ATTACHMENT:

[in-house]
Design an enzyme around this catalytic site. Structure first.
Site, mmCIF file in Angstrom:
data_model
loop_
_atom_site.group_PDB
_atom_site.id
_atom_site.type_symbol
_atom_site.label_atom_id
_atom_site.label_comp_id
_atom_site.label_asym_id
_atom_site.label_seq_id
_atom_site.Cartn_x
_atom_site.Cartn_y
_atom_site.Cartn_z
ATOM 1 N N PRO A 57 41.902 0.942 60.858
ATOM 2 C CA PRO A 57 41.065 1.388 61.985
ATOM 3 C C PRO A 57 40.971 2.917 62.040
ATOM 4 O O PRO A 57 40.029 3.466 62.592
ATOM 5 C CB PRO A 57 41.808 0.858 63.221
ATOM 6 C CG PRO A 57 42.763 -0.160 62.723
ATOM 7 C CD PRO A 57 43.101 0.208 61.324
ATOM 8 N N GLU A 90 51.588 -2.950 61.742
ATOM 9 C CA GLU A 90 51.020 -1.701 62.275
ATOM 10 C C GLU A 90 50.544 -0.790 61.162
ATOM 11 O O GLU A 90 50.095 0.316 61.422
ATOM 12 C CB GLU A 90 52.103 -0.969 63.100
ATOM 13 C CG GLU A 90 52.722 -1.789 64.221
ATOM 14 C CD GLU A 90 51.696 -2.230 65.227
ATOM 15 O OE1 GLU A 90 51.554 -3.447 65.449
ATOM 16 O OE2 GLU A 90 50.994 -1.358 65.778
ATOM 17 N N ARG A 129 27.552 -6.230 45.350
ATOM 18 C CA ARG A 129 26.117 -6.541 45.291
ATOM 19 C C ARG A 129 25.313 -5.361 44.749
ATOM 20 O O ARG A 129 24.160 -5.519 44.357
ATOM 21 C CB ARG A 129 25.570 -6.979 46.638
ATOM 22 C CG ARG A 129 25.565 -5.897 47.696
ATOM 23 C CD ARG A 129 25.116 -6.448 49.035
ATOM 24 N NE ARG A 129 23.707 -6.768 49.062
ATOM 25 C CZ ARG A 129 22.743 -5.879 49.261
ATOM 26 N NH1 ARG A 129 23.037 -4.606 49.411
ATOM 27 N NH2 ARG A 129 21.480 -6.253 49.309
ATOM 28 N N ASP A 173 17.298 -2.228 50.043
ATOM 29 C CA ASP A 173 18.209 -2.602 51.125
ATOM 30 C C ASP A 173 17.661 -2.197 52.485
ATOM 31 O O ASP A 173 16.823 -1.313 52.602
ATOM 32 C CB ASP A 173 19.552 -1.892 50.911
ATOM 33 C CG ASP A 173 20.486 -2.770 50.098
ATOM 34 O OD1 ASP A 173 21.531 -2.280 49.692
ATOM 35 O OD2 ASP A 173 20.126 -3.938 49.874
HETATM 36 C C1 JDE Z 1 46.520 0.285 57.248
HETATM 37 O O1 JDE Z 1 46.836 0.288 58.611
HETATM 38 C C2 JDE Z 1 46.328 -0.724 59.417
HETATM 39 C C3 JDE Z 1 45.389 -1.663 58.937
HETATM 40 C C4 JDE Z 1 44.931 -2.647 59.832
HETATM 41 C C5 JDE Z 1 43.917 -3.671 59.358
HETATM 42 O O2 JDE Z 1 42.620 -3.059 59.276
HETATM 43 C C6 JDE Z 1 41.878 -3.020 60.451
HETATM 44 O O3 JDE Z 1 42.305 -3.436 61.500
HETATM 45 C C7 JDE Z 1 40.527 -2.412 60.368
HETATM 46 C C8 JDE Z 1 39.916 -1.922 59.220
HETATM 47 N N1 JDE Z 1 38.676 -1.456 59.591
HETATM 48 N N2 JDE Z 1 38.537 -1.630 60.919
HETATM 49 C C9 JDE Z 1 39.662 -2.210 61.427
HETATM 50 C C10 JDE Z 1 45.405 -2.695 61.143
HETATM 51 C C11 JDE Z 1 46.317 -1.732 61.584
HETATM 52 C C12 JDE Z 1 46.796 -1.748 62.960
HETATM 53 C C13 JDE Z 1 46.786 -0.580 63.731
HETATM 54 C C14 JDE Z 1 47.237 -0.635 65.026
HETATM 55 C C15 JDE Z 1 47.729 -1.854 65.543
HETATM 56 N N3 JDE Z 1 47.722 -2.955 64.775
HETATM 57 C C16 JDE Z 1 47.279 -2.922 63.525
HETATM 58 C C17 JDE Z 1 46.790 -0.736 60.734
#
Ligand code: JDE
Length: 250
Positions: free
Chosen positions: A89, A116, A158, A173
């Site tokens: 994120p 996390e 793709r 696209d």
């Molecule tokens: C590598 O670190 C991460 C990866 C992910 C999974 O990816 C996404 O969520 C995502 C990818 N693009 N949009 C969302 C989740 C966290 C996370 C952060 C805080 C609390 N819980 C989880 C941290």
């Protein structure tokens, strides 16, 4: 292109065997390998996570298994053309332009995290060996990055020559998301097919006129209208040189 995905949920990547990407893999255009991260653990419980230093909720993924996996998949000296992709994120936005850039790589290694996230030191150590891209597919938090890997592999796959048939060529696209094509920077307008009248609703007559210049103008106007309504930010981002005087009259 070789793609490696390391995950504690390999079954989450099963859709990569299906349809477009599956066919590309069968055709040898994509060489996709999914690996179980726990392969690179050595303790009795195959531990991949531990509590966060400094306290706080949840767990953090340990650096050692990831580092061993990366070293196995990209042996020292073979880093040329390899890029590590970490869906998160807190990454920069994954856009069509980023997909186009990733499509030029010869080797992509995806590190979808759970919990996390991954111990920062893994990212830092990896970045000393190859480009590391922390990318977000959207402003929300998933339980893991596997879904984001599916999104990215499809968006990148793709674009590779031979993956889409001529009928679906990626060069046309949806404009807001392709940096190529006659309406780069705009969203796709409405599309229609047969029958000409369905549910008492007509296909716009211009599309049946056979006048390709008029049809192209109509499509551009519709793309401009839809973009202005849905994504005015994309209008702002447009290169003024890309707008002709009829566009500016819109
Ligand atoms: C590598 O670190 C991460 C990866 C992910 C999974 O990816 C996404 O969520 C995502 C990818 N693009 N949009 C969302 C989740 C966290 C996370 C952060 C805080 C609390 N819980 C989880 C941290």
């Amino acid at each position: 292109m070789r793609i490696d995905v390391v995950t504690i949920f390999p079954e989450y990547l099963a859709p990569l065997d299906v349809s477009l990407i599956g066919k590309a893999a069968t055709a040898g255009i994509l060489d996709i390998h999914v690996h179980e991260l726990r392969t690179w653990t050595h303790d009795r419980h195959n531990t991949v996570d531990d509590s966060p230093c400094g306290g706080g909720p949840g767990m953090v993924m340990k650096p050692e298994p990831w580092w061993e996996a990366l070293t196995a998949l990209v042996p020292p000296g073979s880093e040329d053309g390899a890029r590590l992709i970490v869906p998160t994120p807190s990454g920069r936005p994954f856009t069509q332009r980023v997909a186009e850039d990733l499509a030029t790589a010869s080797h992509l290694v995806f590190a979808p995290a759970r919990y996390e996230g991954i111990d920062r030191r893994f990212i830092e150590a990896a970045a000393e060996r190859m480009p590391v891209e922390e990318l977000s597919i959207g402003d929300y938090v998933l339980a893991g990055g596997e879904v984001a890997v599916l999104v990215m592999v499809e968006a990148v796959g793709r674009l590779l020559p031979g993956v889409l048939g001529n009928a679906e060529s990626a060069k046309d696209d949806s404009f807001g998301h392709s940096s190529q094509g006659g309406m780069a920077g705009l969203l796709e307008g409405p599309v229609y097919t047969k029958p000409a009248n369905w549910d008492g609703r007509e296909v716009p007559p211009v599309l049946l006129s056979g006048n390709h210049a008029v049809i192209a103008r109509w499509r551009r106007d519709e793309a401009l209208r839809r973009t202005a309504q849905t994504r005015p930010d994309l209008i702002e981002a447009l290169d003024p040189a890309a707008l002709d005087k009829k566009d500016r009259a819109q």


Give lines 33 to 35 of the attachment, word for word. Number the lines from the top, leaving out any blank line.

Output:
ATOM 18 C CA ARG A 129 26.117 -6.541 45.291
ATOM 19 C C ARG A 129 25.313 -5.361 44.749
ATOM 20 O O ARG A 129 24.160 -5.519 44.357